When Do You Really Become an Adult?


Anna Odell, Staff Writer

In the U.S. a person legally becomes an adult at the age of 18. At this point in their life, they are seen as a more independent individual who has the freedom to make their own decisions in every aspect of their life. I believe that being a mature adult is a lot more complicated, and it goes beyond someone’s age. 

Those who have gone through traumatic experiences end up maturing faster than those who have not. Therefore, an adult is not just someone who is 18. I have met people who have gone through trauma and, in my experience, they are more mature than the ones who have not. This is because their experiences have forced them to grow up. They have seen a side of people, a side of the world, that isn’t all sunshine and rainbows. This, in turn, gives them an alternate perspective on life. To be able to understand this perspective, it only makes sense for them to be mature at a much younger age. 

“Children who suffer trauma from abuse or violence early in life show biological signs of aging faster than children who have never experienced adversity, according to new research,” said Science Daily.

People who haven’t experienced trauma have a more sheltered view of life. This isn’t a bad thing; however, they develop at a different rate than those who have gone through traumatic things. Emotional maturity is another aspect of being an adult. Whether a person’s traumatic event is big or small, they still gain a level of maturity that is absent in the lives of those who haven’t experienced trauma. 

Although you are able to vote, get a tattoo or piercing, and make decisions for yourself at 18, there are a lot of things you can’t do until you are older. Things that mature “adults” do. These things include drinking, buying a lighter, and paying certain bills. While you can move out when you’re 18, many people are still in high school at this time in their life and are not yet ready for that; therefore, most 18-year-olds do not have to pay specific bills. For example, college tuition is typically paid for by parents and most 18-year-olds do not have to pay bills for an apartment or a new home.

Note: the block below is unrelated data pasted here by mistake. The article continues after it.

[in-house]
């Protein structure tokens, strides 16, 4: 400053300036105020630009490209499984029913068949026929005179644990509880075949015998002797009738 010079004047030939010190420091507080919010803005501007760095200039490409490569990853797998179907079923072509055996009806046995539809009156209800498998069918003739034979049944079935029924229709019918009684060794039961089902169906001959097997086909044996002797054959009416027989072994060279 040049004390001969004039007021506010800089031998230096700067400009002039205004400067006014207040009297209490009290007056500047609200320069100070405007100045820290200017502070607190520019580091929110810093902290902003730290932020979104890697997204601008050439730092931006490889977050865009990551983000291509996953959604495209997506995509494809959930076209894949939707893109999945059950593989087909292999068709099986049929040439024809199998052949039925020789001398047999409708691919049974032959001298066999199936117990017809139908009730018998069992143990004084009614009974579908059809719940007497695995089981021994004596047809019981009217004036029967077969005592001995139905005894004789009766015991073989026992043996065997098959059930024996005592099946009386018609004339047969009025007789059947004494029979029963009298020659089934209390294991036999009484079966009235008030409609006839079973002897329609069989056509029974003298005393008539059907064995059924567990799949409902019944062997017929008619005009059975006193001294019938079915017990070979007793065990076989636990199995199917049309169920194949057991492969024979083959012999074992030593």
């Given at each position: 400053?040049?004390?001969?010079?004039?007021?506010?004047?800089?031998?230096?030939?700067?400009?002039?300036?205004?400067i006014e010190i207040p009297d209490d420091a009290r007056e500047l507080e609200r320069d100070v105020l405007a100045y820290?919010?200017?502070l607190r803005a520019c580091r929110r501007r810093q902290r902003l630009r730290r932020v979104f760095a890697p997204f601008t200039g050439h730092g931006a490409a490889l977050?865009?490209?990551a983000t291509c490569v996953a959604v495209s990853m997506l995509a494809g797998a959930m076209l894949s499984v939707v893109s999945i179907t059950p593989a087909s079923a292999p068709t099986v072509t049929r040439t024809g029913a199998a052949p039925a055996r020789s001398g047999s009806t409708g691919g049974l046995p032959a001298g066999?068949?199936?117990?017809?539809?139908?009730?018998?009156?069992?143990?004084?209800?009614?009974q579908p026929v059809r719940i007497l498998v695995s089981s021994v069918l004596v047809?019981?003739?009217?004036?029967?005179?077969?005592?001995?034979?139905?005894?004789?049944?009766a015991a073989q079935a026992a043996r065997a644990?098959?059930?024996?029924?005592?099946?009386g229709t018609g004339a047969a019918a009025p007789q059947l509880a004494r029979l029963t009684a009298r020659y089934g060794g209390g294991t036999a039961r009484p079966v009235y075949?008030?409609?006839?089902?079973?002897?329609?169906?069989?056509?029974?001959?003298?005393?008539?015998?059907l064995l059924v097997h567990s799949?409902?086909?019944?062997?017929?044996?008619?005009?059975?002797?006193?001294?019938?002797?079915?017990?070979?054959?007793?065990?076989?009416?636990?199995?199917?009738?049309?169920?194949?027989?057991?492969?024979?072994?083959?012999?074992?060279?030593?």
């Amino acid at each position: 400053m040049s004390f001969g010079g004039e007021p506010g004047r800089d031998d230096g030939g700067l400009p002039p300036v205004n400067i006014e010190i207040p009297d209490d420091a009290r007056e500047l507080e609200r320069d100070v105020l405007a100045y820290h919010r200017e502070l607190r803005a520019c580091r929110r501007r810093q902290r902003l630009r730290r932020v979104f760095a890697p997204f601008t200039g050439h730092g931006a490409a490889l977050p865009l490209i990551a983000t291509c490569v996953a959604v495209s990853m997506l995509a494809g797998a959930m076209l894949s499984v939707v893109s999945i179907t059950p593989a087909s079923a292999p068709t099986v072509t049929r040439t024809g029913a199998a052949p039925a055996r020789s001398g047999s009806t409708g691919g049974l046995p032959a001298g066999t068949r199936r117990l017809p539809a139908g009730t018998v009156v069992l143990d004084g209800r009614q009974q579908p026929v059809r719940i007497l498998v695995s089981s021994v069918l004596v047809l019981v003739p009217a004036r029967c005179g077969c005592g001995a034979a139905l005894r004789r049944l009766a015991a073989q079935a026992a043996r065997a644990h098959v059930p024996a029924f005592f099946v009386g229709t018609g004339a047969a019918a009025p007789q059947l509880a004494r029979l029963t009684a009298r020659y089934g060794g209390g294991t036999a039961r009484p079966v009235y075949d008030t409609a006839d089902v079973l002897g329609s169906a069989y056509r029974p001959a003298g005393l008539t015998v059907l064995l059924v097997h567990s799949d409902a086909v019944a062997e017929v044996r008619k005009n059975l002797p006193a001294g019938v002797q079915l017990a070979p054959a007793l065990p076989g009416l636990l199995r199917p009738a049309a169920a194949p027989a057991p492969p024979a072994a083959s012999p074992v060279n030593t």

Furthermore, drinking is seen as an adult activity. However, this is restricted to those who are at or above the age of 21. In Europe, the drinking age is lower than in the U.S. In my opinion, it makes more sense to have the drinking age be the same as the age you become an adult since it’s seen as an “adult activity”, as I previously stated. 

While drinking can be dangerous and young people might need to mature more before having that option, it does seem strange to have another limit on what legal adults can or can’t do. 

Adulthood should really be measured by maturity level rather than age and whether that be a test that is taken when a person is 18 or some other way of measuring maturity, that is how the government should tell if someone is an adult or not. Being an adult is a complicated matter that goes beyond just turning 18 and being able to do whatever you want. The options new adults have are still limited and some people mature faster than others. I believe that adulthood is a subjective matter. Once someone is able to drink, understand the realities of life, and is able to truly be independent, that is when they really become an adult. Although life gets more serious and you have more responsibilities once you turn 18, that doesn’t really mean you are at the maturity level of an adult.


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